Intrahost genetic diversity during passage was measured to determine whether alternating replication would balance genetic diversity between values obtained through single-host passage in mosquitoes and birds. Diversity was measured as both the proportion of nucleotides that differed from the consensus sequence and the proportion of clones that differed from consensus (Figure 2, Panels A and B). After 20 alternating passages, mean genetic diversity was 0.035 percent, and sequence diversity was 51%. Genetic diversity remained low through the fifth set of passages (cumulative passages 9 and 10) with genetic diversity of most passed lineages at or below the error rate of the methods used in this study. A single lineage was more diverse, particularly at passages 9 and 10, than the other replicate lineages. At passage set 10 (cumulative passages 19 and 20) all lineages were more genetically diverse than the input, clone-derived WNV that was used to initiate passage. At these timepoints, alternately passed WNV populations were as diverse genetically as WNV that had been passed exclusively in mosquitoes, and more diverse than WNV that had been passed exclusively in chickens (Figure 2, Panel C).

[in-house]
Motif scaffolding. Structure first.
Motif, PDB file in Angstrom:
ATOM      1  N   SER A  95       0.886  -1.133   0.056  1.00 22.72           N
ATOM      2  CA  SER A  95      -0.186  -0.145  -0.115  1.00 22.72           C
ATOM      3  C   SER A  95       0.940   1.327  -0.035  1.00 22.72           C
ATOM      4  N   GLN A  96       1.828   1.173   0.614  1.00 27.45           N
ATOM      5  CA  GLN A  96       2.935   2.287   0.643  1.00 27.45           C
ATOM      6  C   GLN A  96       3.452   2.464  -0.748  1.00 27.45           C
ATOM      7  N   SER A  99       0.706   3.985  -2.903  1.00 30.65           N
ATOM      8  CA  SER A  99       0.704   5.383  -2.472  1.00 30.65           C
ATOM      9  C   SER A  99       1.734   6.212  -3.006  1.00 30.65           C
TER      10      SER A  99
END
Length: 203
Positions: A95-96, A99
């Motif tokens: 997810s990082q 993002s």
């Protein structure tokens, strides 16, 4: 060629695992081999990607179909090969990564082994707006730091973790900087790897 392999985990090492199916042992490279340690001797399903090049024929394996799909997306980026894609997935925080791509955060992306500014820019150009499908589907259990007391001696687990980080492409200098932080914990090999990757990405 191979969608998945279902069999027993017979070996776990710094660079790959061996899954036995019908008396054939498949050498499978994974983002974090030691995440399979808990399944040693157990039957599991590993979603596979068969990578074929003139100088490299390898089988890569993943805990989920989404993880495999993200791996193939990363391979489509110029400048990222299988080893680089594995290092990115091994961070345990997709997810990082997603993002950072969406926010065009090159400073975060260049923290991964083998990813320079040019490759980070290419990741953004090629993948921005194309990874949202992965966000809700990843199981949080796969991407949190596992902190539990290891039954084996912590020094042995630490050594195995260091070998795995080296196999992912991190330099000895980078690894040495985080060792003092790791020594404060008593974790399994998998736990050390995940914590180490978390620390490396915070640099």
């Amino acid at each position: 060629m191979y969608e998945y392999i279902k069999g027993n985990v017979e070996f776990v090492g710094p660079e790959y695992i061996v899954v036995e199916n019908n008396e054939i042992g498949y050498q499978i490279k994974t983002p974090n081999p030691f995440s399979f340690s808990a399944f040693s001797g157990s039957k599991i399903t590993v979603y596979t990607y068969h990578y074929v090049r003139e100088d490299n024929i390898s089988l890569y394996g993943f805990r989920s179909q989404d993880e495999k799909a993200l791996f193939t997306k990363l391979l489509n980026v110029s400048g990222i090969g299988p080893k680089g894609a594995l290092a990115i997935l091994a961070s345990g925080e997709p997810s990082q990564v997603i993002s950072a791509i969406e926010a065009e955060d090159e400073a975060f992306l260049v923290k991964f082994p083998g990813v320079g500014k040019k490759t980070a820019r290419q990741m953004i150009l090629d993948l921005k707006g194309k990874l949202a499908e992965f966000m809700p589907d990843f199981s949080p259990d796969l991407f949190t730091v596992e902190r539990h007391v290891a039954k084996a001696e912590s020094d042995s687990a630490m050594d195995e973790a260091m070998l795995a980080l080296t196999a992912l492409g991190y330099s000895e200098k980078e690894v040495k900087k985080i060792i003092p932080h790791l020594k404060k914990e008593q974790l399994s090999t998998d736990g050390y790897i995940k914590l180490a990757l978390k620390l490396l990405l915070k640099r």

Figure 2
Intrahost genetic diversity in WNV subjected to alternating host passage is similar to WNV passed solely in mosquitoes. WNV derived from a cDNA clone was passed in mosquitoes and chickens as described in the text, and genetic diversity was characterized ...

Complete Genome Sequences, Selective Pressures and Substitution rates

Complete genome sequences were determined for all lineages at the termination of the study, and dN/dS values were computed to assess selective pressures acting on WNV alternately passed in mosquitoes and birds. The number of nucleotide changes to the consensus sequences compared to the input sequence was low. Two mutations were noted in each passed strain, with two of these resulting in changes to the predicted amino acid sequence (Table 1). One, an I to T substitution at position 126 of the E protein is located on the exposed face of domain II and is not obviously associated with known host binding or membrane fusion domains. The T to I substitution in the NS4b protein is located within the carboxy-terminal ectodomain of this protein. The functional significance of this mutation is also unclear at present. The dN/dS ratio for alternately passed WNV was 0.313.

Substitution rates were calculated in order to determine whether alternating replication in mosquitoes and birds resulted in slower rates of evolution compared to single host-passed WNV. Virus passed alternately in mosquitoes and chickens accumulated a total of six nucleotide substitutions in three complete genomes. The substitution rate of WNV that underwent alternating passage in mosquitoes and birds was thus 1.0 × 10−5 substitutions per site per passage. This rate was similar to WNV passed in either chickens or mosquitoes [1.5 × 10−5 and 1.7 × 10−5, respectively (chi squared P=0.5946)].